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Album review: Paul Van Dyk's 'Evolution'

April 3, 2012 |  4:00 am

For a good half-decade now, Top 40 pop has been leaning toward the proudly synthetic, inexorably propulsive sound of European club music. On "Evolution," his first album of new material since 2007, the German DJ-producer Paul Van Dyk leans back. As its title suggests, the record is a progression, not an about-face: This A-list trance kingpin has long studded his whooshing beats with catchy vocal hooks delivered by guest singers; "In Between," Van Dyk’s previous studio set, contained collaborations with David Byrne and one of the Pussycat Dolls. But "Evolution" drives deeper into songfulness; it seems fully aware of the moment.

The album’s best track is also its most audacious: "Eternity," featuring Adam Young of Owl City, whose "Fireflies," from 2009, made a No. 1 pop hit out of the raw materials of cloistered bedroom electronica. Van Dyk’s partnership with Young here -- in a tune that more or less duplicates the sparkly wistfulness of "Fireflies" -- could be an appealing riposte to dance music’s purity squad. So, too, might "I Don’t Deserve You," in which the singer Plumb channels the airy defiance of Kelly Clarkson.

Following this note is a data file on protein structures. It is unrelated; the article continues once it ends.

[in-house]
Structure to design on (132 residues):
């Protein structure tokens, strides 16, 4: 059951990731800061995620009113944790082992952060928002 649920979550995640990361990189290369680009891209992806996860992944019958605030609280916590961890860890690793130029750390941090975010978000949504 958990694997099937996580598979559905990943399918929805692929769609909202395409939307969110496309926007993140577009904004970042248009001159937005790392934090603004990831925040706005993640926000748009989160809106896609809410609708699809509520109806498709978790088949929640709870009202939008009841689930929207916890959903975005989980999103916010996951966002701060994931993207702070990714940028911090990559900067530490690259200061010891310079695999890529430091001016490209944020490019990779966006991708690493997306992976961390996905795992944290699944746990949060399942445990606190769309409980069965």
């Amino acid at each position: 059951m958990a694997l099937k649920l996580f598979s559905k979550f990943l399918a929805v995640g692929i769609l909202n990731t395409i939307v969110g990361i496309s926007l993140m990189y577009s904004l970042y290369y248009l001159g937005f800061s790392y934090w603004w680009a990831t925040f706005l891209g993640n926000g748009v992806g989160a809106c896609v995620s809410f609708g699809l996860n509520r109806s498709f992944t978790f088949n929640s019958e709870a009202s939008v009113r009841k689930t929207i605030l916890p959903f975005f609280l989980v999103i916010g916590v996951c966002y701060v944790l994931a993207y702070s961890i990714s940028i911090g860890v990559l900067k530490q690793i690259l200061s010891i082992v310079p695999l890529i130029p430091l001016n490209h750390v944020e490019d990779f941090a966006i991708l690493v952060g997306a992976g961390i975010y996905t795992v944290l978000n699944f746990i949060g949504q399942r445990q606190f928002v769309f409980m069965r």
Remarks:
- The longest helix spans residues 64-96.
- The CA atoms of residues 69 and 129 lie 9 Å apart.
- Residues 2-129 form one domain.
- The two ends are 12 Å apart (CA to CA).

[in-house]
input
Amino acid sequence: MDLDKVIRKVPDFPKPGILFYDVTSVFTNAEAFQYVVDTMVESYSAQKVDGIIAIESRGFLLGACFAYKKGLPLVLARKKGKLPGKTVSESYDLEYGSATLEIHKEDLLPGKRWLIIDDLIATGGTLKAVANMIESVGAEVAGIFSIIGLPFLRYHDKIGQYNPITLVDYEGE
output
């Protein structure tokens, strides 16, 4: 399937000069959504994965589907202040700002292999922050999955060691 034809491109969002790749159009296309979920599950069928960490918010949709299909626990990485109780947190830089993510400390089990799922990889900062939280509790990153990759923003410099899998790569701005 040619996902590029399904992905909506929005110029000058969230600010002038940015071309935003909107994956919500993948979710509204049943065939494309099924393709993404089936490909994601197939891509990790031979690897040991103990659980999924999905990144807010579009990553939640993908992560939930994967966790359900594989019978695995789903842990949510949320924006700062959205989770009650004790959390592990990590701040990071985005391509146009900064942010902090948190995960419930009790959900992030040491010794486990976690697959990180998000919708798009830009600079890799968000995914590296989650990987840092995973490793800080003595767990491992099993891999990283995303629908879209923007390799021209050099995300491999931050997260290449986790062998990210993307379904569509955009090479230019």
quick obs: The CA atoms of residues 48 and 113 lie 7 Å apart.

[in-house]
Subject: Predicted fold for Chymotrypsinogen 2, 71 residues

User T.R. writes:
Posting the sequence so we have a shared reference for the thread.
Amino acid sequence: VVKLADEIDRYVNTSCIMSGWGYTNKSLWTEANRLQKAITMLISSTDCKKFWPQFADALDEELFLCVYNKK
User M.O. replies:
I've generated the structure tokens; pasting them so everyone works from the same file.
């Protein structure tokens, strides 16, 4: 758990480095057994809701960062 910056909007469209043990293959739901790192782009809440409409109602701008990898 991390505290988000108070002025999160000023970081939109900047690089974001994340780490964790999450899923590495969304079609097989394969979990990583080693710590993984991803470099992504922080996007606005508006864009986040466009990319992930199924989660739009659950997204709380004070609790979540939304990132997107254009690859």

Not everything on "Evolution" is so sharply focused; the album’s middle section especially, feels larded with the kind of big-room sound-scaping Van Dyk can probably punch up in his sleep at this point. But this moment looks to be a long one. Maybe he’s leaving himself somewhere to go next time.


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 -- Mikael Wood

Paul Van Dyk
Two and a half stars